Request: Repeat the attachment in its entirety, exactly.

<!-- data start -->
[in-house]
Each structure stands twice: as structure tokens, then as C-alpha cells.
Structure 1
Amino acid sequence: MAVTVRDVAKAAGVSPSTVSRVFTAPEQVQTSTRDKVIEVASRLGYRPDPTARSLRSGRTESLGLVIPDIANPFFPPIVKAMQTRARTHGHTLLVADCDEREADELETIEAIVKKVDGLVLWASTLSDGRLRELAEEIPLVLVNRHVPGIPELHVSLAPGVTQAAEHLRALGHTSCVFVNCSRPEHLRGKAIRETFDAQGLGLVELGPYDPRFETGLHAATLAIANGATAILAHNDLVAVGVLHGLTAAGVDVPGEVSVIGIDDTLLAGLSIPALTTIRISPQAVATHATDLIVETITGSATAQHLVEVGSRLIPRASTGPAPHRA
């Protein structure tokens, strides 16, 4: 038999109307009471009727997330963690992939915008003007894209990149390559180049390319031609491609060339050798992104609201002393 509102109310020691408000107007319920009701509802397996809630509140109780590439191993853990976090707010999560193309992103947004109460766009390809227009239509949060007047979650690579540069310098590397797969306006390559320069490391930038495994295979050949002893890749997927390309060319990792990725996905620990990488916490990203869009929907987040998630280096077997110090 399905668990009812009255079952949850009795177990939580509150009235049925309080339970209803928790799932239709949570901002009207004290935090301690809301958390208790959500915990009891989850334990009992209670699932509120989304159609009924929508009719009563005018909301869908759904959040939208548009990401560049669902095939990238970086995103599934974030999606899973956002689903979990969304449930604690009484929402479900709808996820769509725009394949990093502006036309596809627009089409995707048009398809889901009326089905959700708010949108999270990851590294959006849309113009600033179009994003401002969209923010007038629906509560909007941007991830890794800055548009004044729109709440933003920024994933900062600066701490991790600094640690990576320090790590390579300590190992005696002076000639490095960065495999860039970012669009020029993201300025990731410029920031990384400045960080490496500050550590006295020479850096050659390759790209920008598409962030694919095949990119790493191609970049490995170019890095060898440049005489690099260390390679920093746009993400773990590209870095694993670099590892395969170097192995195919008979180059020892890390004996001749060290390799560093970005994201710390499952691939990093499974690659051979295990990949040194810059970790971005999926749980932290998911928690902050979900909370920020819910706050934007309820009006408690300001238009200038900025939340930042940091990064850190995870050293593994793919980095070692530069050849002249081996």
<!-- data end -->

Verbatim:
[in-house]
Each structure stands twice: as structure tokens, then as C-alpha cells.
Structure 1
Amino acid sequence: MAVTVRDVAKAAGVSPSTVSRVFTAPEQVQTSTRDKVIEVASRLGYRPDPTARSLRSGRTESLGLVIPDIANPFFPPIVKAMQTRARTHGHTLLVADCDEREADELETIEAIVKKVDGLVLWASTLSDGRLRELAEEIPLVLVNRHVPGIPELHVSLAPGVTQAAEHLRALGHTSCVFVNCSRPEHLRGKAIRETFDAQGLGLVELGPYDPRFETGLHAATLAIANGATAILAHNDLVAVGVLHGLTAAGVDVPGEVSVIGIDDTLLAGLSIPALTTIRISPQAVATHATDLIVETITGSATAQHLVEVGSRLIPRASTGPAPHRA
């Protein structure tokens, strides 16, 4: 038999109307009471009727997330963690992939915008003007894209990149390559180049390319031609491609060339050798992104609201002393 509102109310020691408000107007319920009701509802397996809630509140109780590439191993853990976090707010999560193309992103947004109460766009390809227009239509949060007047979650690579540069310098590397797969306006390559320069490391930038495994295979050949002893890749997927390309060319990792990725996905620990990488916490990203869009929907987040998630280096077997110090 399905668990009812009255079952949850009795177990939580509150009235049925309080339970209803928790799932239709949570901002009207004290935090301690809301958390208790959500915990009891989850334990009992209670699932509120989304159609009924929508009719009563005018909301869908759904959040939208548009990401560049669902095939990238970086995103599934974030999606899973956002689903979990969304449930604690009484929402479900709808996820769509725009394949990093502006036309596809627009089409995707048009398809889901009326089905959700708010949108999270990851590294959006849309113009600033179009994003401002969209923010007038629906509560909007941007991830890794800055548009004044729109709440933003920024994933900062600066701490991790600094640690990576320090790590390579300590190992005696002076000639490095960065495999860039970012669009020029993201300025990731410029920031990384400045960080490496500050550590006295020479850096050659390759790209920008598409962030694919095949990119790493191609970049490995170019890095060898440049005489690099260390390679920093746009993400773990590209870095694993670099590892395969170097192995195919008979180059020892890390004996001749060290390799560093970005994201710390499952691939990093499974690659051979295990990949040194810059970790971005999926749980932290998911928690902050979900909370920020819910706050934007309820009006408690300001238009200038900025939340930042940091990064850190995870050293593994793919980095070692530069050849002249081996």